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Lincoln Aviator Diesel Likely Scrapped Due To Grand Touring Model

Back in March of 2019, Ford Authority spies came across a Lincoln Aviator diesel prototype, confirming that such a model was in development. However, years have gone by and that model still hasn’t launched, nor has any other information about it emerged, meaning that the oil burning version of the luxury crossover is likely canceled. There are a few reasons why FoMoCo would pivot away from a Lincoln Aviator diesel model, too.

For starters, the overall market has changed quite a bit in recent years, and diesels continue to lose favor among shoppers in virtually every segment save for heavier-duty trucks. Once favored for its efficiency, diesel fuel is currently quite expensive when compared to gas, and hybrid vehicles have become more popular among those seeking economical modes of transportation. Along those same lines, the Aviator Grand Touring plug-in hybrid offers both ample amounts of power and essentially negates the need for a Lincoln Aviator diesel due to its impressive efficiency.

Lincoln Aviator Power Figures
Lincoln Aviator 3.0L V6 Lincoln Aviator 3.0L V6 PHEV Ford F-150 3.0L V6 Power Stroke diesel
Power (horsepower @ RPM) 400 @ 5,500 494 @ 5,500 250 @ 3,250
Torque (Ib-ft. @ RPM) 415 @ 3,000 630 @ 2,250 440 @ 1,750

As we can see in the chart above, the twin-turbocharged Ford 3.0L V6 EcoBoost makes an impressive 400 horsepower and 415 pound-feet of torque in the Aviator, while the Grand Touring model builds upon that with an even more impressive 494 horsepower and 630 pound-feet of torque. Meanwhile, the turbocharged Ford 3.0L V6 Power Stroke diesel – which was rumored to be the choice for a diesel Aviator model – only makes 250 horsepower and 440 pound-feet of torque in the Ford F-150, where it has been discontinued.

As Ford Authority exclusively reported back in November 2020, FoMoCo also canceled plans to sell an EcoBlue diesel-powered Ford Transit in the U.S. after the automaker determined that there would not be enough market demand to justify bringing it stateside. Instead, Ford moved onward with the all-electric E-Transit, and that will also be the case with the Aviator, which will see an EV variant launch in late 2024 as the luxury brand aims to electrify its entire lineup by 2027. While China is getting a refreshed Aviator for the 2022 model year, the U.S. version isn’t due to be updated until 2024, as Ford Authority reported earlier this month.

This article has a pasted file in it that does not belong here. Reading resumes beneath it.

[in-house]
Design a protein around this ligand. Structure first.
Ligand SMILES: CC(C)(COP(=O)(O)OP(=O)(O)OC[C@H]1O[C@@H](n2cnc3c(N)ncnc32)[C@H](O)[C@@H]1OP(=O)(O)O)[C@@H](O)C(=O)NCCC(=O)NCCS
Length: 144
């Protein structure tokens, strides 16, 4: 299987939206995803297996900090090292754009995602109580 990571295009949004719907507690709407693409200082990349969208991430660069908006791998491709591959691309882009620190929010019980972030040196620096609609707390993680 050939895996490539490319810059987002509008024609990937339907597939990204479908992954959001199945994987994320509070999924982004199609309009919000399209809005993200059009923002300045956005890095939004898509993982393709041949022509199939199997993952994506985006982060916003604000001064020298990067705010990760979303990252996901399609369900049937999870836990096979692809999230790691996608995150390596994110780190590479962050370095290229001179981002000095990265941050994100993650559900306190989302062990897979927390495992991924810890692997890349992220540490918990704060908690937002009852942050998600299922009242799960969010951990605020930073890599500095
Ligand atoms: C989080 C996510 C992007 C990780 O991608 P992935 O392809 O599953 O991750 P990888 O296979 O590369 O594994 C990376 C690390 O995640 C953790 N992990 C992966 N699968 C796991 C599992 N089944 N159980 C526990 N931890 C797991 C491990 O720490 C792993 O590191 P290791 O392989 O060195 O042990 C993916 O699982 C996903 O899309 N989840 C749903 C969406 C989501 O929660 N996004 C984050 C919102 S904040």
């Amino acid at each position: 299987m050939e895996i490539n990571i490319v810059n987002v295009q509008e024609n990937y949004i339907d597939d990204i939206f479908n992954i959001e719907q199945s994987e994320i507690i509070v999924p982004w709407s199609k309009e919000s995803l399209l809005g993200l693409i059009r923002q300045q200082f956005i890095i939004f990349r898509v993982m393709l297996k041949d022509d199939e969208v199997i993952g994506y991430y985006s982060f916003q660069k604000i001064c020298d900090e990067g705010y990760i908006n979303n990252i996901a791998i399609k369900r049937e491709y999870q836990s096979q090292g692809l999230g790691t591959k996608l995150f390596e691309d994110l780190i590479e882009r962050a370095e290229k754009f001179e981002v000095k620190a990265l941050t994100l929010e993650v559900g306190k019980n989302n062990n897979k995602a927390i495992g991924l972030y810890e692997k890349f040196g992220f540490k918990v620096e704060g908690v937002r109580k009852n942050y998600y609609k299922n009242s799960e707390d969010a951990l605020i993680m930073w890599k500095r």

We’ll have more on the Aviator soon, so subscribe to Ford Authority for the latest Lincoln Aviator news, Lincoln news, and continuous Ford news coverage.

Brett's lost track of all the Fords he's owned over the years and how much he's spent modifying them, but his current money pits include an S550 Mustang and 13th gen F-150.

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Comments

  1. Ralph Corsi

    I am surprised that none of the manufacturers have come up with a diesel Hybrid. My Cayenne diesel gets regularly 31-35mpg and that is with a 5000 pound SUV. If you added an electric motor and battery to the mix you could possibly get 40 to 45 mpg. Yes diesel is more expensive at this unusual time but it wasn’t more expensive three or four years ago so why wasn’t it done then? The manufacturers missed the boat on that one.

    Reply
  2. Kenny D

    Lincoln Aviator Diesel Likely Scrapped Due To Grand Touring Model???? How about Due to the COST RELATED TO DIESEL FUEL??????? Here in California….. It’s Over $7++++ A GALLON. Ya’ll remember when DIESEL was Cheaper than Regular FUEL???? Those Day’s are LONG GONE!!!!! “EH”????? And HOW do we Get Our Car’s Delivered, And Our FOOD Delivered, And Our GASOLINE DELIVERED, And Our Goods like Clothing Delivered to the Stores you “MIGHT ASK” “O” YA, It’s by a DIESEL POWERED RIG OF SOME SORT!!! GOOD LUCK Electrifying Those RIGS and Getting this across the “OCEAN”, MAP….. Ha, It’s just Comical!!! Ain’t It???

    Reply
    1. Everyday Patriot

      Actually, you’re kind of comical, but more hysterical, really.
      Hopes and Prayers, Kenny; Hopes and Prayers.

      Reply
  3. Ford Owner

    Hybrid trains are Diesel generators powering electric motors at the wheels, so heavy duty trucks can use the same to reduce fuel costs .

    Reply
  4. John Baker

    How can Ford favour the All electric transit over the the Ford Ecoblue Diesel? These trucks need to cover interstate distances. They should release both for city couriers Electic is ideal but not for the distance couriers. In the UK & Europe parts for the Ecoblue are massively common and easy to maintain too

    Reply
  5. David Dickinson

    The federal regulations on diesel engines have become so strict that that cost of producing an engine with an exhaust system that can burn off emissions from diesel is too high. Chalk up another win for the environmental zealots who used regulation to push their agenda.

    Reply
  6. Tyhin Zoshav

    A diesel hybrid would be pretty cool.

    Reply

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